Health care reform drives many debates under the current political administration in the US. Included in this debate are various physician incentives which pay for quality rather than quantity in healthcare. The reform document signed in March 2010 encourages the implementation of physician payments which enhance primary care services to improve quality of care, mostly within the Medicare population .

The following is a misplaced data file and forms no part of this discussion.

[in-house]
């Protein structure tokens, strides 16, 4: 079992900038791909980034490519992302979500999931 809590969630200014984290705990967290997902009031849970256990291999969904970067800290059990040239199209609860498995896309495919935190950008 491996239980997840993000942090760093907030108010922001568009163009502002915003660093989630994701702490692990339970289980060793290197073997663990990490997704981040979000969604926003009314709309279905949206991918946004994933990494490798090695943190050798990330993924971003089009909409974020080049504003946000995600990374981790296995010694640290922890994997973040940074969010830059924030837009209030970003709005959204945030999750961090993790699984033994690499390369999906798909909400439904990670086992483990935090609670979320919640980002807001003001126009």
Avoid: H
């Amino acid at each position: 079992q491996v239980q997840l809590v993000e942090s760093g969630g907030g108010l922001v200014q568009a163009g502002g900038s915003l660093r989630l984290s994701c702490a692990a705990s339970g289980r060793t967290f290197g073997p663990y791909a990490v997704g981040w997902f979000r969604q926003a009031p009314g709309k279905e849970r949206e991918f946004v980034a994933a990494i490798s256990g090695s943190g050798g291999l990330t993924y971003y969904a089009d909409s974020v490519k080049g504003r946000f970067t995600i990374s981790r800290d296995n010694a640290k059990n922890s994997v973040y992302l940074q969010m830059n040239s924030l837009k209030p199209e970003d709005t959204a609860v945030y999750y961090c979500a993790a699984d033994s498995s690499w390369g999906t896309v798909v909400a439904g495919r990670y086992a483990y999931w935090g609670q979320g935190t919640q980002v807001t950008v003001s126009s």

Canada started to reform its primary care delivery system after the release of the Romanow report in 2002 . In Ontario, the largest province in Canada, the Ministry of Health and Long-Term Care (MOHLTC) introduced two new primary care enrollment models. Family Health Groups (FHGs) are a blended fee-for-service model. The FHGs offer enhanced fee-for-service payments and new billing codes. This includes service enhancement fees for having patients who meet benchmark targets for cervical, breast and colorectal cancer screening. In 2006, FHGs were eligible to receive an annual diabetes (DM) management incentive payment of $60. For this fee FPs within a FHG need to complete a MOHTLC DM flowsheet which documents several required elements (medications, ophthalmology screening, laboratory testing) for their DM patients. This DM flowsheet includes elements of DM management consistent with the Canadian Diabetes Association 2003 Clinical Practice Guidelines. FHNs are a blended capitation-based model. The FHNs include a base payment per patient for the provision of comprehensive care (capitation) plus incentives, premiums and bonuses for preventive care and some chronic disease management. While the FHN model includes the same service enhancement fees for cervical, breast and colorectal cancer screening as FHGs, there are additional reminder fee payments within the FHN model to contact patients for cervical, breast and colorectal cancer screening. The FHN models received the same annual DM incentive payment for the completion of a flowsheet. In 2008, an annual heart failure (HF) management incentive was introduced for both FHGs and FHNs, similar to the DM incentive. There are no incentive payments for the management of any other chronic diseases.